5 to 1 was one of those books I wanted to read at first because of the stunning cover, but when I read the summary and found out that it was going to be set in India, I felt a powerful need for this book. When I requested this title, I was unaware that half of the book was written in verse. I have never read a verse book in my life before. Admittedly, I was a little nervous going into 5 to 1, but wow! This book was sensational and has solidified my desire to check out more verse books.
The book i ...more
Holly Bodger has written a lovely debut novel. In fact, the more I think about it, the more my fondness grows.
It's set decades into the future, in an India that sees the ratio between boys and girls as "5 to 1". Tired of marrying their daughters to the highest bidder, a group of women formed the country of Koyanagar, walling off their people from the rest of India. Within their world, women are now in charge, and, through a series of tests, one boy out of every five must win the hand ...more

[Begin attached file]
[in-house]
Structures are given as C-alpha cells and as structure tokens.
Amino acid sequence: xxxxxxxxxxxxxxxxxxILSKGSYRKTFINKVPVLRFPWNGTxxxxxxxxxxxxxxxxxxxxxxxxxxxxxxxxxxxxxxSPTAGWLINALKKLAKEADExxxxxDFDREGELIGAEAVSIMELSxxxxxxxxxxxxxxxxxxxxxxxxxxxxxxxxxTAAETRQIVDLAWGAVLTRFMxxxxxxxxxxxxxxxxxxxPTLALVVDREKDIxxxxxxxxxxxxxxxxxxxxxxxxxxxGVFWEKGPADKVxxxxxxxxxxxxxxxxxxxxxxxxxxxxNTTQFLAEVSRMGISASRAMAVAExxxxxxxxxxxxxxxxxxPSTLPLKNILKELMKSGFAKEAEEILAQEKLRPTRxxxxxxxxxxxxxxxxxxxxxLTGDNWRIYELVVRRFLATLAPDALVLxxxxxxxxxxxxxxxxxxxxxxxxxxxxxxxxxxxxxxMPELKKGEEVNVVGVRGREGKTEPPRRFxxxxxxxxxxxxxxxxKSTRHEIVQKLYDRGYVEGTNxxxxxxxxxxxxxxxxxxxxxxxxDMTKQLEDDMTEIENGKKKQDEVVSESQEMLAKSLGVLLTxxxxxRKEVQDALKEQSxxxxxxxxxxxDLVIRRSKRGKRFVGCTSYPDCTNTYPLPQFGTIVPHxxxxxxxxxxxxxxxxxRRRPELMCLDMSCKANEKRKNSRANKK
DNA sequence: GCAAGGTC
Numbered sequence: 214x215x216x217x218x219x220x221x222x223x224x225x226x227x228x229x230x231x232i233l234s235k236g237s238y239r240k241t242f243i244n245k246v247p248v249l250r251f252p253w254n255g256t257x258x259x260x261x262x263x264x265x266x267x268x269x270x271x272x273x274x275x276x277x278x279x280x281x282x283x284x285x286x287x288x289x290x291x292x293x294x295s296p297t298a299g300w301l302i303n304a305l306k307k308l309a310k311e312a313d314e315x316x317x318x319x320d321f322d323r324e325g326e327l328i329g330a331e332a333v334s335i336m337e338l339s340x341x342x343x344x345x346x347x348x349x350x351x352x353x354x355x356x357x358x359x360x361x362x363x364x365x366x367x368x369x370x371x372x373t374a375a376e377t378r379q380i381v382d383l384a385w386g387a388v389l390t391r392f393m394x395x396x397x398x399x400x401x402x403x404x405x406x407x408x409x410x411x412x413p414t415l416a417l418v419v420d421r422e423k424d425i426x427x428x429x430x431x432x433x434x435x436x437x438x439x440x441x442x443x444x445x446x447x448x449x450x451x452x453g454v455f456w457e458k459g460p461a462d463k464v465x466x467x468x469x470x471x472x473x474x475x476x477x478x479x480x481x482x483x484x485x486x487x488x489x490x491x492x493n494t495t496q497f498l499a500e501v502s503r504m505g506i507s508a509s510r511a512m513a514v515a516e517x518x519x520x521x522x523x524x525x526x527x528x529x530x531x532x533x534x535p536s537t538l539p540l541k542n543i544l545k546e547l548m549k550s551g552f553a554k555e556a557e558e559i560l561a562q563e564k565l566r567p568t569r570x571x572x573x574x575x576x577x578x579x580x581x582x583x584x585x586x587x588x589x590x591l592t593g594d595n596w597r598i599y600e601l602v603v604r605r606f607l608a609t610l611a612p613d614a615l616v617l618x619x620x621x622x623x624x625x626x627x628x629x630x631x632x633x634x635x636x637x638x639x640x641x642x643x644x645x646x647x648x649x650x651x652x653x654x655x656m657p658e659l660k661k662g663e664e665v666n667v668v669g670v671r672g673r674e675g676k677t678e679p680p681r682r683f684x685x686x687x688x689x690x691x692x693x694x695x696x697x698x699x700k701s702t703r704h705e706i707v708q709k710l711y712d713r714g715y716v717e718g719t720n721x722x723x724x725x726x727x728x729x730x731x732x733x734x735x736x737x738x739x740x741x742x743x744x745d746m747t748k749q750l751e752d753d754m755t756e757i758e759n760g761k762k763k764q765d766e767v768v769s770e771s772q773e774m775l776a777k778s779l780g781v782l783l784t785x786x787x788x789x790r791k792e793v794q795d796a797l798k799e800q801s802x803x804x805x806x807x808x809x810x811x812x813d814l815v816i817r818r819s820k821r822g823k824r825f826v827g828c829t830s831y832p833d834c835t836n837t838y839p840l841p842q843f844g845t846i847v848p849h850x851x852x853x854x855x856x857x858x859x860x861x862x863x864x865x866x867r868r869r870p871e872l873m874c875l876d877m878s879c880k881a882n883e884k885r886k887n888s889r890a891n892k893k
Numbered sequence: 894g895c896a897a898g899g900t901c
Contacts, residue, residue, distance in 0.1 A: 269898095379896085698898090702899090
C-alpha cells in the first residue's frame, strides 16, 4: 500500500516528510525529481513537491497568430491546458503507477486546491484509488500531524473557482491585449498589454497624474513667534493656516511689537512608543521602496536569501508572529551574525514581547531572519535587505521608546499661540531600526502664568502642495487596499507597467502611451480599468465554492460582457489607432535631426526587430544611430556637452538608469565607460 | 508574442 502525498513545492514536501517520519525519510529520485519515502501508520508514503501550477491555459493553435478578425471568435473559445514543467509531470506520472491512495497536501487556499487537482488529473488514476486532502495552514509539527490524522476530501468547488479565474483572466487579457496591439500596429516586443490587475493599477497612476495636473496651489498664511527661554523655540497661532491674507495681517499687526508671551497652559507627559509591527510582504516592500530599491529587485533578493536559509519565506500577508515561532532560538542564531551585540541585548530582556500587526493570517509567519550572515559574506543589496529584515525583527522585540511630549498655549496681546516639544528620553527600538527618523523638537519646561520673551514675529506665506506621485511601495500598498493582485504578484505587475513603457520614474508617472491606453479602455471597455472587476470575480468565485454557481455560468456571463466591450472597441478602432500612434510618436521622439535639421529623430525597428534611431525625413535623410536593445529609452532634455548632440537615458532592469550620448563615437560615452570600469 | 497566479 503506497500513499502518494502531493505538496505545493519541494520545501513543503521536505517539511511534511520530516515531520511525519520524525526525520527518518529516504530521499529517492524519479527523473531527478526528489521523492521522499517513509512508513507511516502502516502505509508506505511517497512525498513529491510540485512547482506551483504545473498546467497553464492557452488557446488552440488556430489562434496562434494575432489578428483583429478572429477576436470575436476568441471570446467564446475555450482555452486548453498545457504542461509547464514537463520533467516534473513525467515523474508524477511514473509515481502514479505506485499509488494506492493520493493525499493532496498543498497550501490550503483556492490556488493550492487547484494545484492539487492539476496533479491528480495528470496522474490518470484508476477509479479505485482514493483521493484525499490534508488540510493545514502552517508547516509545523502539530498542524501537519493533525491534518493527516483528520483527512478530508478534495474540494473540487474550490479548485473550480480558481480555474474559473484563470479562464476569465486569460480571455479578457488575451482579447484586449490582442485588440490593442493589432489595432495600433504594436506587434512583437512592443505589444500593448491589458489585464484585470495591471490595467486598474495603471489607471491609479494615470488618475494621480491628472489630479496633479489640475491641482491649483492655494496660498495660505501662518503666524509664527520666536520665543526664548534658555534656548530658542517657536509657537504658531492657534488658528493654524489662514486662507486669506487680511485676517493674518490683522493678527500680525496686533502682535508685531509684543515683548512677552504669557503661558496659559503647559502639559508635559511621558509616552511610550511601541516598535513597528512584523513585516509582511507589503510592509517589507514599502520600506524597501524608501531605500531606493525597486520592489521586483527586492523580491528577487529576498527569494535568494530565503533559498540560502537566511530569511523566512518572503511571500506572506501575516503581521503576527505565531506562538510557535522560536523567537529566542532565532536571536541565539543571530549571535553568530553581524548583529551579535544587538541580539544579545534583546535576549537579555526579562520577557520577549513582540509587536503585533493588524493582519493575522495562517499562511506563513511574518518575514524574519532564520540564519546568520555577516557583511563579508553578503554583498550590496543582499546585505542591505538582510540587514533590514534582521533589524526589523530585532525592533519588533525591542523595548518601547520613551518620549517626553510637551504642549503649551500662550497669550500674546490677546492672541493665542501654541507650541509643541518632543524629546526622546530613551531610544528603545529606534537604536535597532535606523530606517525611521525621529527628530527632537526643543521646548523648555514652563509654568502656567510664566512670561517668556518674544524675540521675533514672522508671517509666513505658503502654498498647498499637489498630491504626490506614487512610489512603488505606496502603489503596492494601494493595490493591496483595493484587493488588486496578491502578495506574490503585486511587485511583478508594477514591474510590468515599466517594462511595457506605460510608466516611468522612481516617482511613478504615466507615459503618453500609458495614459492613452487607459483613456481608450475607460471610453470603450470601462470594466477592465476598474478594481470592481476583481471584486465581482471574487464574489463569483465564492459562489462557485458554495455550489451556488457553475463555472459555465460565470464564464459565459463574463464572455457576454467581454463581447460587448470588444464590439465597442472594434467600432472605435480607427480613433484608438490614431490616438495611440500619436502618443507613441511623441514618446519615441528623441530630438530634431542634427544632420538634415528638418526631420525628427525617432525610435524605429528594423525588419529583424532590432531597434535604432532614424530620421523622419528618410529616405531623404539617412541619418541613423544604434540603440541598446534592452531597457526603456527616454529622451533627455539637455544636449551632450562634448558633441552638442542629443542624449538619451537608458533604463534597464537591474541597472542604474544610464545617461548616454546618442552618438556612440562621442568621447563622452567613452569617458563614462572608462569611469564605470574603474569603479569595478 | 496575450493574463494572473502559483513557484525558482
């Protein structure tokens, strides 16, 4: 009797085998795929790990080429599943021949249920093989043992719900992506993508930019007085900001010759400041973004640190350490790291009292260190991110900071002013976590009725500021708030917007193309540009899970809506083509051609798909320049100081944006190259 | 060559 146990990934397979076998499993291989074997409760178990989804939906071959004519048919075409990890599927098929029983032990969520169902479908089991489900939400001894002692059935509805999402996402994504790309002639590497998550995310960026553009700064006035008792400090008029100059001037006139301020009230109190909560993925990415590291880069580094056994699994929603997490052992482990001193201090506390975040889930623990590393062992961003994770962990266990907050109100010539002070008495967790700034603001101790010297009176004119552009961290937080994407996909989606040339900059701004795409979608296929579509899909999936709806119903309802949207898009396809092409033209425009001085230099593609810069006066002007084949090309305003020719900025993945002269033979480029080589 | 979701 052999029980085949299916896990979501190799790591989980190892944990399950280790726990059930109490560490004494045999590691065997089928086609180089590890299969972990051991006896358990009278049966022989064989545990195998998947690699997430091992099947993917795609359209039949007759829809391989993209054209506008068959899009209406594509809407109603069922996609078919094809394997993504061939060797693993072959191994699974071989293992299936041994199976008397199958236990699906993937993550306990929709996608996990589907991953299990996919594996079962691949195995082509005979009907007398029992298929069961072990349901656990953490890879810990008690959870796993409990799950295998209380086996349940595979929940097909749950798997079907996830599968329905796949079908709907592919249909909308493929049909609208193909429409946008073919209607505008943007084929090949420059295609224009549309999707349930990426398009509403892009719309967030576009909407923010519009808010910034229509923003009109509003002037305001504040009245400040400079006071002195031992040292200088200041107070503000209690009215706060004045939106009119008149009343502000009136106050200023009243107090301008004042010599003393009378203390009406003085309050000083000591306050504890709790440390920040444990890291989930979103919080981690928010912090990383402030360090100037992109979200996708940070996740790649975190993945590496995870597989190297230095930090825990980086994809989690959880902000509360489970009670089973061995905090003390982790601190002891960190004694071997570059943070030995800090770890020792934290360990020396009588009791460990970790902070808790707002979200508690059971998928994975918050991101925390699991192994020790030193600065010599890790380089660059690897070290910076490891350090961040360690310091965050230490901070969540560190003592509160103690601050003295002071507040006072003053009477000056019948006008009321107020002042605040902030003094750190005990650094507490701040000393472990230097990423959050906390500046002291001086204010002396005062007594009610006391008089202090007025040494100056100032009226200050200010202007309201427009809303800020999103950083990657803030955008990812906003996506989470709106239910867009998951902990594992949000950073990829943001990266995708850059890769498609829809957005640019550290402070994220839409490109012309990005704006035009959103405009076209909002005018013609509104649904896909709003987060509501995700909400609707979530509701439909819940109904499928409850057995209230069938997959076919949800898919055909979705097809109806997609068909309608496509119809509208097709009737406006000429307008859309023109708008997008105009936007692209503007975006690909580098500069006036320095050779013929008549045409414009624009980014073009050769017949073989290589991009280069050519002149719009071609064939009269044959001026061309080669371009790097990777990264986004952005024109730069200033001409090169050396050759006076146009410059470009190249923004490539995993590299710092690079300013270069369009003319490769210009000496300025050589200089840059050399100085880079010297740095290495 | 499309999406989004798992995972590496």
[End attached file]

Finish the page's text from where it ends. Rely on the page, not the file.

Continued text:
This story is told in two alternating points of view: Five, whose points of view are in prose, and Sudasa, whose points of view are in verse. I've read many of Ellen Hopkins book, which if you are unfamiliar, are written entirely in verse. And even though her works were my experience with books written in verse, I loved them, and when I started the book and saw that it was written half in verse, I was so excited. And it was beautiful, not only was the form that Sudasa's POV was writte ...more
Well-edited half-verse, half-prose novel with a lot to say about gender selection, equality, and hard choices. The writing is tight, but I never fell in love with the characters or the concept. A fast read and strong debut.